Why We Should All Mourn the Decline of Australian Cricket


Why We Should All Mourn the Decline of Australian Cricket

Illustration: Akshita Monga

On the morning of December 16, 2003, Rahul Dravid walked out onto the pitch at the Adelaide Oval. A few time-zones away, it was a cold winter morning in India, one that I braved by peeping at the television from behind my quilt. India needed 230 runs to win their first Test match on Australian soil in two decades. The opening pair, though, had been sent packing with 48 on the board. Hours later, having seen half his team fall, Dravid cut a shot through square, clenched his fist, and raised his cap in victory.

“He batted like a god,” his captain Sourav Ganguly would say later. Indeed, he had, and not for the first time, Dravid almost single-handedly won a Test match away from home. In an interview to Harsha Bhogle later, he cried, because it had been that kind of feat. Not because India had won away from home – all things considered, it was only a single Test match – but because they had defeated the mighty Australians, the greatest Test team in the world. A team that must now look dreary-eyed at the way their legacy has perished.

India’s recent series win Down Under is laudable, no doubt. But it should really have been easier than it looked. While it says a thing or two about the batting prowess of the likes of Virat Kohli and Cheteshwar Pujara and the bowling of Jasprit Bumrah, India’s cakewalk through the latest Border-Gavaskar trophy says more about the hosts Australia. To say Australian cricket in 2018 was in turmoil is an understatement.

In March, three Australian players, including Steve Smith, their captain and best player at the time, were found guilty of ball-tampering against South Africa. They faced sanctions, and were banned from cricket for a year. Australia’s cricketing culture, their penchant for sledging and mind games isn’t new. They invented the dark arts, and often pushed rules, but most noticeably without breaking them. This, however, didn’t seem like the street-smartness of yore, but the desperation of a team that has seen better days. It must be noted that any player who dons the Australia cap has a prospective greatest-in-the-same-role compatriot he shall always be compared to. This after all is nation of Bradman, Lillee, Ponting, McGrath, and Warne.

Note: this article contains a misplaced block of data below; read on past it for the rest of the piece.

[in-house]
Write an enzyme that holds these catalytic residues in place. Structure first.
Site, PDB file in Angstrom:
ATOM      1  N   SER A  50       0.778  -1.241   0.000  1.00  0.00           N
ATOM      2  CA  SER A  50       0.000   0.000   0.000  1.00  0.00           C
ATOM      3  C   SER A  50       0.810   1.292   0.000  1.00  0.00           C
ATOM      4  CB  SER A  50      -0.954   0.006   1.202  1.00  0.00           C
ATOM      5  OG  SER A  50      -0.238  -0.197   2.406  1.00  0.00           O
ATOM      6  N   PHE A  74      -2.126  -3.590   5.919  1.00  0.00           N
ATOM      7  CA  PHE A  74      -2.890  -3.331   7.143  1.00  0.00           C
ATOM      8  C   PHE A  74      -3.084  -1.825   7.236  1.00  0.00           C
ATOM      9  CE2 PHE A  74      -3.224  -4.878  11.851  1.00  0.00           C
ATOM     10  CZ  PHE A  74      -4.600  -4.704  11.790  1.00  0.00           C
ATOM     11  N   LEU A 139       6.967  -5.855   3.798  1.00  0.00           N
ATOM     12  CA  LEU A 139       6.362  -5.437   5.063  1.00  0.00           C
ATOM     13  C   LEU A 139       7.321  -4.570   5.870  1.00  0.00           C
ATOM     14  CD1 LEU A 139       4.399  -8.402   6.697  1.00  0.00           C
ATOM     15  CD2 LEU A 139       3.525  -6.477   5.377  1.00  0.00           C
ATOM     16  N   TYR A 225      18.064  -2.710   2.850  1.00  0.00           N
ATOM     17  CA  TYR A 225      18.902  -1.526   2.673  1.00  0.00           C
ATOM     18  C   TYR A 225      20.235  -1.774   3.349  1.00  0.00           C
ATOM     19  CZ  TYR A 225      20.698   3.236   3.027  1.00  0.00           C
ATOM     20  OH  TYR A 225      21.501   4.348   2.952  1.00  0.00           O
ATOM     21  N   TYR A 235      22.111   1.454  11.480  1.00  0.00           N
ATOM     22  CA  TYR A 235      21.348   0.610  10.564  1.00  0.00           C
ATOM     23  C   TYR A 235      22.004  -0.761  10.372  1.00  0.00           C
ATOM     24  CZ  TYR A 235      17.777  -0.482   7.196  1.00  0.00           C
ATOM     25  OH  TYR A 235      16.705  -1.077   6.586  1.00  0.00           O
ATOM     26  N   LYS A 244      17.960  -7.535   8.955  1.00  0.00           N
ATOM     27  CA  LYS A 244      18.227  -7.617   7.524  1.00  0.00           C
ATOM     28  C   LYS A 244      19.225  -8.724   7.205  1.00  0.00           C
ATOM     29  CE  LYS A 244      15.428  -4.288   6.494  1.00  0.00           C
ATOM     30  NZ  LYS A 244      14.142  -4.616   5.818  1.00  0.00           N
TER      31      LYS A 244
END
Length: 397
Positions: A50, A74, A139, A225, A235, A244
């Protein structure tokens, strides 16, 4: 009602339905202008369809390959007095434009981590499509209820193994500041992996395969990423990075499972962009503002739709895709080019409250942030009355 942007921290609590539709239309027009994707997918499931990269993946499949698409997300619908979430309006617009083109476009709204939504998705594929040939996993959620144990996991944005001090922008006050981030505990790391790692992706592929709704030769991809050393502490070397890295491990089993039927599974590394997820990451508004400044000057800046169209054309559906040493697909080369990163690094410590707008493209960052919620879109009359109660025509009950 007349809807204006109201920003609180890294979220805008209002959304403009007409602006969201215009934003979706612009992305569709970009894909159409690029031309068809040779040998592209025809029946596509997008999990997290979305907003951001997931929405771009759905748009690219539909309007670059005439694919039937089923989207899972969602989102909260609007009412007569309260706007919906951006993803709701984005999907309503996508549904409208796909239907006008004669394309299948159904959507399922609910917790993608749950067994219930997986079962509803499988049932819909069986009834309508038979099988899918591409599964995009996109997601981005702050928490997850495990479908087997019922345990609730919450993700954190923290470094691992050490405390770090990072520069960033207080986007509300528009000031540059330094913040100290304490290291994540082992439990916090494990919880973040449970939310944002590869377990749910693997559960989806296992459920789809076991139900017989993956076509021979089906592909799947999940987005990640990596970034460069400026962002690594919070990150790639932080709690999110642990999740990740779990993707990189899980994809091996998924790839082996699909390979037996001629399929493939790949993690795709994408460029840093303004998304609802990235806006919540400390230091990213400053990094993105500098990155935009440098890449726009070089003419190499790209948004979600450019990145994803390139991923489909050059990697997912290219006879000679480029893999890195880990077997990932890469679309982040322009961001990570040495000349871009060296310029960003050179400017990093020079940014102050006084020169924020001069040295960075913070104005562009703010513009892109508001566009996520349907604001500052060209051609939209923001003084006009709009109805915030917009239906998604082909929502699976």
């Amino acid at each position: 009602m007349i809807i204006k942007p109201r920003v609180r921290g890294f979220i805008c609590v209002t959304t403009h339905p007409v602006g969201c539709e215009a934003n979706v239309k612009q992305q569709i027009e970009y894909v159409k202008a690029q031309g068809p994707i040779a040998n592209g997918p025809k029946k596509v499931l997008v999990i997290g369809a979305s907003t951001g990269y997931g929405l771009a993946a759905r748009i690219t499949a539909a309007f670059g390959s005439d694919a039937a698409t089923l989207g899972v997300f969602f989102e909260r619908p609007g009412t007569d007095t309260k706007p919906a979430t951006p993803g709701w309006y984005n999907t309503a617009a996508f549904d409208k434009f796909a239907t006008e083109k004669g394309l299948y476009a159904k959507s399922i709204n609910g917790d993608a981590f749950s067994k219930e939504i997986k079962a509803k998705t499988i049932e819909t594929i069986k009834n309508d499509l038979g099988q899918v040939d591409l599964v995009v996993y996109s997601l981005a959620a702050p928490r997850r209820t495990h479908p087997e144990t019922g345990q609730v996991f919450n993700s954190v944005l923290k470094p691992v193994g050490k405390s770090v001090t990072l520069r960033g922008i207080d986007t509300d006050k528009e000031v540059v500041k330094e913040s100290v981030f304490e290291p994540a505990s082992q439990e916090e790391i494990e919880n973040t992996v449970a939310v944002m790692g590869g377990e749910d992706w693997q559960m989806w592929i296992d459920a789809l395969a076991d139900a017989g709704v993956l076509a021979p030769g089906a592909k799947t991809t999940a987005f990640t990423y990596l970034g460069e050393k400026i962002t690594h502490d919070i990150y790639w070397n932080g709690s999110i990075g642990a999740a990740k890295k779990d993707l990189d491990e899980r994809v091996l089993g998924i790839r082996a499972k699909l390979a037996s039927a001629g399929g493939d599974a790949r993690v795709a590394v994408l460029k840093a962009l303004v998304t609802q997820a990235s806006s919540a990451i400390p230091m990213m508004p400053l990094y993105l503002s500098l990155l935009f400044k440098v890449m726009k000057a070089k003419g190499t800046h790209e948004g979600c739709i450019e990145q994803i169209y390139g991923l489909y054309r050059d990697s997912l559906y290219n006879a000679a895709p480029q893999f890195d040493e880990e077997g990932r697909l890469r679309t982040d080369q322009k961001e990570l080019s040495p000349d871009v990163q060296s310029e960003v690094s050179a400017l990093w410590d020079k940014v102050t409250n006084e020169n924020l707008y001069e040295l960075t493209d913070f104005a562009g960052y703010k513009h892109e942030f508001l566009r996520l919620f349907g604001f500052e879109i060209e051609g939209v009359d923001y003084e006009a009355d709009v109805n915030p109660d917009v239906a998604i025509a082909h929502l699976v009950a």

Australian cricket has touched heights that no other country has seen. Between 1999 and 2008 the Australian team played 93 Tests and won a stunning 72 of them. Of the 28 series they played during this time, they won 24. Not to mention the two World Cup trophies they picked up on the way. This level of dominance is unparalleled and perhaps even more so because it came at a time when most countries offered their own golden generations: India’s Big Five (Tendulkar, Ganguly, Laxman, Sehwag, and Dravid); the Pakistan of Inzamam, Younus, Shoaib, and Yousuf; Kirsten, Pollock, Rhodes, and Cronje repping South Africa, and so on. Australia beat not only the best other teams had to offer, but the best cricket has had to offer for a long, long time. It is no wonder then that the popularity of T20 cricket and the decline of Test cricket have coincided with the downfall of Australian Test cricket, the gold standard of the gentleman’s game. After all, they can take credit for the 9-slips (Denis Lillee in 1976), the McGrath school of irritable and perfect line-and-length fast bowling, and arguably cricket’s greatest leg-spinner in Shane Warne.

After watching Australia’s insipid performance in their own backyard, spectacularly lacking in cricketing menace or quality, one can’t help but feel how dry world cricket feels without the Australians at the top competing for each prize, given how their ferocity and siege mentality is something the likes of Kohli and co have built on. Australia’s domestic system has longed served as a conveyor belt of talent. This year though, this irresistibly sleek piece of apparatus has finally come undone, worn down by the very edge it lived on all these years.

The year 2018 must be the worst in Australian cricket’s history. But its repercussions and implications must not be lost in the delusion of dominance that India enjoys now. India’s coach Ravi Shastri said this was a win bigger than the World Cup win of 1983. To be honest, it isn’t even the best performance by an Indian team Down Under, at least in the modern era. That would be 2003.

After all, perspective is hard to come by in times of jingoism.

Dominance is of course cyclical. But it is hard to say how good the Indian team really is, considering how mediocre and troubled almost every other cricketing nation looks at the moment. India, even if they sleepwalk through the next World Cup to a win, cannot be declared anywhere close to being the complete package, the inimitable juggernaut that Australia were. There simply are no challenges, both on and off the field, in sight. Losing Test matches in South Africa and England hints that we aren’t as good as we’d like to think. After all, perspective is hard to come by in times of jingoism. Conversely, after that win in 2003, Ganguly humbly claimed, “We are the second-best team in the world.” Of course, you can only beat what is in front of you, but bearding a lion in his den and putting a bell on a housecat are two distinctly separate things. It perhaps meant more to usurp a win from a tyrannical Australian squad in their own backyard than to run-over their sorry-looking successors, who seem despairingly close to sporting demise.

Any sport is richer, and its victories more meaningful when the best are at their best. Like Italian football, therefore, the decline of Australian cricket must be for everyone to mourn.